By: Susan Friedman
Television, smart phones, tablets, video games - As children spend more time using screen media, what do parents think their children are learning? A national survey of more than 1500 parents of children ages 2-10, conducted by the Joanne Ganz Cooney Center, asked parents about how much their children learned from educational media.
The resulting report, Learning at home: families’ educational media use in America was released on January 24, 2014 and offers many insights.
Here are some highlights from the study:
- More than half of the parents surveyed (57%) believe their children have “learned a lot” from educational media
- The use of educational media drops at age four, just when screen time goes up
- Two to four year olds spend more time each day with educational media than any other age group
- Parents report that on average, their children spend 42 minutes a day with educational TV, compared to 5 minutes with educational content on mobile devices/computers and 3 minutes with educational video games
- Parents reported their children learned more from educational content on TV than from mobile devices
- Children are reading an average of 40 minutes a day, including 29 minutes with print, 8 minutes on computers, and 5 minutes using e-platforms
- Parents don’t believe their children learn as much about science from educational media as they do about other subjects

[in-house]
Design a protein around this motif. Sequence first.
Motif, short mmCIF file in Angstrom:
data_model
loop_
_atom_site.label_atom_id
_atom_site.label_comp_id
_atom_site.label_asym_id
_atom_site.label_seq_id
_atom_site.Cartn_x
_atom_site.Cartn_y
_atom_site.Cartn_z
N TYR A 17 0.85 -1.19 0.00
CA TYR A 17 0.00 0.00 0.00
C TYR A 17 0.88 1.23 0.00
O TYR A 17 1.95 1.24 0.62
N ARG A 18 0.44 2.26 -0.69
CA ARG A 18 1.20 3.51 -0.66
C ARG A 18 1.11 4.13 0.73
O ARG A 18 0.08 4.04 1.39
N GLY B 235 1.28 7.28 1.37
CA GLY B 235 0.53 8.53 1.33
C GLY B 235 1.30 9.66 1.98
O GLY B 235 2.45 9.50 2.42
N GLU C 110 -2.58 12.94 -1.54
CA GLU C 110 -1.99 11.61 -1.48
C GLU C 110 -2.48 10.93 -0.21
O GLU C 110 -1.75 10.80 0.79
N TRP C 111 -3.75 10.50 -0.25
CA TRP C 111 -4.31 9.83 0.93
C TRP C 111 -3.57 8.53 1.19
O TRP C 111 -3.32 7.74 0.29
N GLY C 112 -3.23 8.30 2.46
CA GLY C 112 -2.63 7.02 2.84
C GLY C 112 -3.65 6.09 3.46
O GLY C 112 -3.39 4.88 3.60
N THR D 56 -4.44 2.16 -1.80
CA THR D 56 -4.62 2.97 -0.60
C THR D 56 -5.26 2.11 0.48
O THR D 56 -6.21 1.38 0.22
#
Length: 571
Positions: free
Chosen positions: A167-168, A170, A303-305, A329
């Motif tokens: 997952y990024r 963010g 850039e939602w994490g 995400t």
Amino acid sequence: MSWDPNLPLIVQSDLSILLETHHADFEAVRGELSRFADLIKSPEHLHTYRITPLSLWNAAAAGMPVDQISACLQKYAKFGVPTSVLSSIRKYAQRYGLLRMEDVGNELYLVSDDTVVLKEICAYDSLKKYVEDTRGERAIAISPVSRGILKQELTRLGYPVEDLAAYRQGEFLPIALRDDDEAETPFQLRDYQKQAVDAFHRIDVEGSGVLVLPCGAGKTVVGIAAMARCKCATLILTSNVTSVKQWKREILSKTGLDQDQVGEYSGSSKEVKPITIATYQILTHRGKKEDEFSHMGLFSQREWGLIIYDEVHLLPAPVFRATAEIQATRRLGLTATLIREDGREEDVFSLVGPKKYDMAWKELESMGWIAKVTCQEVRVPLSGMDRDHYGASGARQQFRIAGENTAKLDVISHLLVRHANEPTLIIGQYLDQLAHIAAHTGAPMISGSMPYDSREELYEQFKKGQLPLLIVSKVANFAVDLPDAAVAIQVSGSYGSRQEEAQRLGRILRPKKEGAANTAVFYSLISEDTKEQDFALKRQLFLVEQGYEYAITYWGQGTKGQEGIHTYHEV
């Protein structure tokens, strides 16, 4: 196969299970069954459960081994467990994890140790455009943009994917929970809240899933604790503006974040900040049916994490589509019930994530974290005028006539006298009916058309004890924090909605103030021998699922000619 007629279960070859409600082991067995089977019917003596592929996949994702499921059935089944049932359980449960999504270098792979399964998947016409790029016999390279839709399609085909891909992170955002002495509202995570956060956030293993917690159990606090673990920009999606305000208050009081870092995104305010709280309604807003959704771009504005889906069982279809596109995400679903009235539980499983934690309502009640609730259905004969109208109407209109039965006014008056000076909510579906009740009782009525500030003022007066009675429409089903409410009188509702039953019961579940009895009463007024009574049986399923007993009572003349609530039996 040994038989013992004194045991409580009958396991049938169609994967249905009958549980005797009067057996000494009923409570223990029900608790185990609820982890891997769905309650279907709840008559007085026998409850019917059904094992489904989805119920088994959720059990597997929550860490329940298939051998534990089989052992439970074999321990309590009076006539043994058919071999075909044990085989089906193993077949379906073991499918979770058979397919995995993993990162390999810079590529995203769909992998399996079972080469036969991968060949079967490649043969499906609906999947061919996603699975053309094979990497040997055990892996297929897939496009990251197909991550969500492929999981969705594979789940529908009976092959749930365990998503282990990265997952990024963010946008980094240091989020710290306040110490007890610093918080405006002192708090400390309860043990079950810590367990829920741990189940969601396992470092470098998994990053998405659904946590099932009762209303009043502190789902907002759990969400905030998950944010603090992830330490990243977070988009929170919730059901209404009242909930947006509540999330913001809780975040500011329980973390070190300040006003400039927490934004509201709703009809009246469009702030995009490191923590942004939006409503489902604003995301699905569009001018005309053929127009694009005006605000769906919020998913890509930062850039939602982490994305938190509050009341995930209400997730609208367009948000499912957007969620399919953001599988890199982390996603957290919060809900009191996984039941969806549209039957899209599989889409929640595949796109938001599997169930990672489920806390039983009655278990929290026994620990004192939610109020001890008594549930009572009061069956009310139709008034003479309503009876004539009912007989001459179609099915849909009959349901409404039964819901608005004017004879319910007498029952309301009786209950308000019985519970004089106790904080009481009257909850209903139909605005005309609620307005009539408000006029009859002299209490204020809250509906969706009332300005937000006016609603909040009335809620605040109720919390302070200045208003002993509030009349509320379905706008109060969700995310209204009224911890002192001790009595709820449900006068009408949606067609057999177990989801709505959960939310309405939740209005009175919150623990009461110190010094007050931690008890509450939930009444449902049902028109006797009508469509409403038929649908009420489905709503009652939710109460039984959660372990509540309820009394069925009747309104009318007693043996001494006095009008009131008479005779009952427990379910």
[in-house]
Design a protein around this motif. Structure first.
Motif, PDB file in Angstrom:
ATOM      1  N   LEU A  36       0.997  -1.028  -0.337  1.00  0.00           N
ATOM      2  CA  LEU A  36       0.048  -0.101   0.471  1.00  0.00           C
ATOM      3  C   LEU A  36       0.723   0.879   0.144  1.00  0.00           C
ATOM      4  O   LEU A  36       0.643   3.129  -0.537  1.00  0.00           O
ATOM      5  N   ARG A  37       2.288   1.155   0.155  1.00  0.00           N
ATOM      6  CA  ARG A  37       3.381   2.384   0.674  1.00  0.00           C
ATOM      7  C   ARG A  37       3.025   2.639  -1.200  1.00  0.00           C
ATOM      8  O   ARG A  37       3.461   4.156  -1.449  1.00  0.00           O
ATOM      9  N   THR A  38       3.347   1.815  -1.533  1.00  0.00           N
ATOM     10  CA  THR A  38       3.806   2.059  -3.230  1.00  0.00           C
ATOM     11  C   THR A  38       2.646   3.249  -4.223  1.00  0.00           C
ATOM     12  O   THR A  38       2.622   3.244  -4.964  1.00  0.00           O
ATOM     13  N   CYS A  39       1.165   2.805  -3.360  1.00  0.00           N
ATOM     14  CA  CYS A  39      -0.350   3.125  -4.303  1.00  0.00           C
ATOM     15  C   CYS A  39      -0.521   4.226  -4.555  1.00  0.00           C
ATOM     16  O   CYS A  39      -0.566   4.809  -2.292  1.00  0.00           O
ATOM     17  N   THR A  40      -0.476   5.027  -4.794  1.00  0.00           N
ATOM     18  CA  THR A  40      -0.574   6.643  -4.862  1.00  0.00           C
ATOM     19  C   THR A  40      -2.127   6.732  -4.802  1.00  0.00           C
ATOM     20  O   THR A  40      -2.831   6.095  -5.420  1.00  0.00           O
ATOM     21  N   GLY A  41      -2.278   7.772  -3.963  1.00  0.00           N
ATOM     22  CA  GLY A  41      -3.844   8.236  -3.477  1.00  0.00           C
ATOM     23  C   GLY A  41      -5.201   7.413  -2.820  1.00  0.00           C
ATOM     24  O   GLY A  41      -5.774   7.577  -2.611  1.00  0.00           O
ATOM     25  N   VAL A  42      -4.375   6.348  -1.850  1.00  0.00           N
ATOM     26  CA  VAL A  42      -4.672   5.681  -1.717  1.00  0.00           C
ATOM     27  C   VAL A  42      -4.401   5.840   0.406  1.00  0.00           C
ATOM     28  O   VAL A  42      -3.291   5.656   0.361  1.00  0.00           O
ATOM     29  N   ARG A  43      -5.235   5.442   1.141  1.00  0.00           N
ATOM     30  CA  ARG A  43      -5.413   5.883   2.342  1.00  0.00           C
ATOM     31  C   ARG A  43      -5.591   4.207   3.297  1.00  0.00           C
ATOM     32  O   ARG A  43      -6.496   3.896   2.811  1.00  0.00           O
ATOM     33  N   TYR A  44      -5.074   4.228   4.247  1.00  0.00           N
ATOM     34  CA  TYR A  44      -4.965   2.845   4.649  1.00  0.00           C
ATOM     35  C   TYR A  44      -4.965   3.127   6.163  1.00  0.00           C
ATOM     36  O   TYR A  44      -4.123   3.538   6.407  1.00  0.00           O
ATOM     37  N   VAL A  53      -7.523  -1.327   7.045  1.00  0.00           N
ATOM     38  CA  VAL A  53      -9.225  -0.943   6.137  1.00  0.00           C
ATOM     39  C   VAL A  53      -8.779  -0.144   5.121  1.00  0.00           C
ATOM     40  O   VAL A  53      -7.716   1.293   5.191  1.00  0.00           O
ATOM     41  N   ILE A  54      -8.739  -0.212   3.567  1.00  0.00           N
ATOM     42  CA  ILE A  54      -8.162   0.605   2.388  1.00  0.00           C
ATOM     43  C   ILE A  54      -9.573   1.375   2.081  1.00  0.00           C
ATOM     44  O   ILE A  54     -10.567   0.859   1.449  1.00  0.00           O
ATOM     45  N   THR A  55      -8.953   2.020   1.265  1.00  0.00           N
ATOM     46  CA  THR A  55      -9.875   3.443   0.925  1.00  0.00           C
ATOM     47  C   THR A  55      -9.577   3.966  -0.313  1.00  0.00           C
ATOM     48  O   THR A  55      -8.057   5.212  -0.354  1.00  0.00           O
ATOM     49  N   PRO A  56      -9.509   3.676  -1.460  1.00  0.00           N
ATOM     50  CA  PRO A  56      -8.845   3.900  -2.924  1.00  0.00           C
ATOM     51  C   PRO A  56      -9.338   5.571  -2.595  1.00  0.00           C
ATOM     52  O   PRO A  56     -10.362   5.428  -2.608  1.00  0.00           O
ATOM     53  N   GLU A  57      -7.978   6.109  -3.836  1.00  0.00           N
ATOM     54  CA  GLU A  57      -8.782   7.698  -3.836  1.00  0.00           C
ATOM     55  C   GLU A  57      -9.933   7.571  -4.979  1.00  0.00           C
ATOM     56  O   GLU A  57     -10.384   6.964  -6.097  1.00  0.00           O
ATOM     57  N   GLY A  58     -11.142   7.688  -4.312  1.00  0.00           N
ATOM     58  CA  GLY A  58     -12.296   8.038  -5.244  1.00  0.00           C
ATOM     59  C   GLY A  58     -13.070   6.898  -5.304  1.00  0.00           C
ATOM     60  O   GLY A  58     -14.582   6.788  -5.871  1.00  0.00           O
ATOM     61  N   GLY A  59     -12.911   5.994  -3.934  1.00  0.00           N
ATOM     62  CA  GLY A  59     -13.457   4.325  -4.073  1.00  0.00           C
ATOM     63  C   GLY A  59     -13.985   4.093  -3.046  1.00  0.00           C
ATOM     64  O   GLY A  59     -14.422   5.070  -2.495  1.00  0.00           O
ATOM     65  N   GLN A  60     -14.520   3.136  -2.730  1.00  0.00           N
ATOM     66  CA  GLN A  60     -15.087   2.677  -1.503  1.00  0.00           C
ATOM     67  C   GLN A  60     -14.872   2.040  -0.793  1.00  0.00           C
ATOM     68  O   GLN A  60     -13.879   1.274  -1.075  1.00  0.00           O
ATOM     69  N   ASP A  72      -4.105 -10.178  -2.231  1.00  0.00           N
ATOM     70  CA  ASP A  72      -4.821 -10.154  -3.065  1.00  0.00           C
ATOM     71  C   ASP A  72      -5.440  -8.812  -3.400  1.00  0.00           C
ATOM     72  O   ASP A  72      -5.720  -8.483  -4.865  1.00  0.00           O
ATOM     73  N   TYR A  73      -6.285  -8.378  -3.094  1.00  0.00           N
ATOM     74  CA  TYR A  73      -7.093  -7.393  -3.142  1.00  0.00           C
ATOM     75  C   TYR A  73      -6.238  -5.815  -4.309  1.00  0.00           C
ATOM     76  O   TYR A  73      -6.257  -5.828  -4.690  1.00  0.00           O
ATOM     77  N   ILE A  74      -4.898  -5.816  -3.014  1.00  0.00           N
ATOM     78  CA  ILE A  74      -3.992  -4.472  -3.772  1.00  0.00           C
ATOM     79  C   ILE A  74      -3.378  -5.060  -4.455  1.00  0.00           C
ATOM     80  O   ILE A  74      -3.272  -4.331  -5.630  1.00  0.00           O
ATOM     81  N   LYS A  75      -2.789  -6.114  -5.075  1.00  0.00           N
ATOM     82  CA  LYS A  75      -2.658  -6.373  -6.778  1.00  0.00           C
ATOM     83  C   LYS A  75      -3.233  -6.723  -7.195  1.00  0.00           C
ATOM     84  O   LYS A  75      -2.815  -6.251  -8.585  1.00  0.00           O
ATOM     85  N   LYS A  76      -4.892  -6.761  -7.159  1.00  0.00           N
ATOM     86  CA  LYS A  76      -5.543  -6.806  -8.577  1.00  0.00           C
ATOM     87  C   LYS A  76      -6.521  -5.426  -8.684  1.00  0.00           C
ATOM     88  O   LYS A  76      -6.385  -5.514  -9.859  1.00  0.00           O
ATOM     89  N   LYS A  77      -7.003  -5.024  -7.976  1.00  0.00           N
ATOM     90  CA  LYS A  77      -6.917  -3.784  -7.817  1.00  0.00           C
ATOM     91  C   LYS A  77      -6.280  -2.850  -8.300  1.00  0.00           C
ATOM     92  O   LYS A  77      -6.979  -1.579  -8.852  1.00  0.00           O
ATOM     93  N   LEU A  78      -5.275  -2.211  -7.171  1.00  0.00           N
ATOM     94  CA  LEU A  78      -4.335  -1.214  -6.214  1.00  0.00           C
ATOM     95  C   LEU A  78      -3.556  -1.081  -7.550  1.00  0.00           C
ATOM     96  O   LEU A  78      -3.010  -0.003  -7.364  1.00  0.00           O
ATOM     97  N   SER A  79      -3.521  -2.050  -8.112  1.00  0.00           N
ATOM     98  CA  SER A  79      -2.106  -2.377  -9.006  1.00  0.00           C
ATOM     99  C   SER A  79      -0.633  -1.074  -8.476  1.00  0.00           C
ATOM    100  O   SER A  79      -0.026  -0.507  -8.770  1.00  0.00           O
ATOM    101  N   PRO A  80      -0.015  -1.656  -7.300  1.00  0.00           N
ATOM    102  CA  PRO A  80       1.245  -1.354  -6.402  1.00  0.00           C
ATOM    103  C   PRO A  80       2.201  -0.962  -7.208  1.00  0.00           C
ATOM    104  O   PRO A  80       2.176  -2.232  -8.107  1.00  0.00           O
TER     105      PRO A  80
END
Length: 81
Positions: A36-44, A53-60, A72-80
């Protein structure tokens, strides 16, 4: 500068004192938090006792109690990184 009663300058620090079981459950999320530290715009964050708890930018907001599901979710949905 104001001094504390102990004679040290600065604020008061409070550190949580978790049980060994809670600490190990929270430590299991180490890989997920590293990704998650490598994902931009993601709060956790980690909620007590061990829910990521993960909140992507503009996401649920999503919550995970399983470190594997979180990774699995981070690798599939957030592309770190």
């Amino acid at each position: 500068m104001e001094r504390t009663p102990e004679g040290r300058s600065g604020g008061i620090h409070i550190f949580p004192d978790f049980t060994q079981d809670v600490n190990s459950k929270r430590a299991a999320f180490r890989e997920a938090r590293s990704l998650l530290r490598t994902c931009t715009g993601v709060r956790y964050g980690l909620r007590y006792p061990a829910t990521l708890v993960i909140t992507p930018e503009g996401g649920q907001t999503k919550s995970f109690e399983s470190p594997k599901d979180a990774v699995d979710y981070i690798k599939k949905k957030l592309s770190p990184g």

- Many parents observed that their children extend what they learned from educational media beyond the screen by asking questions, engaging in imaginative play, and wanting to do projects related to something they learned
Upon the study’s release the Joan Ganz Cooney Center gathered a group of educators, researchers, and those involved in children’s educational media to discuss the study.
Some highlights from the discussion:
- Parents may not feel as confident evaluating the educational value of content offered on mobile apps as they do evaluating the educational content TV
- Parents need more information about what is educational and how to evaluate the educational value apps and other new media
Educational media developers could think of ways to to address the needs of the children in low-income households in particular around the vocabulary gap
- For some low-income families, mobile devices are a lifeline to many essential services, and this may impact how children use educational media on those devices
- Not all children have the same level of access to educational media
To read the report and see video of researchers and educators discussing the findings, visit the Joan Ganz Cooney Center website.
How do you talk to families about their children's media use?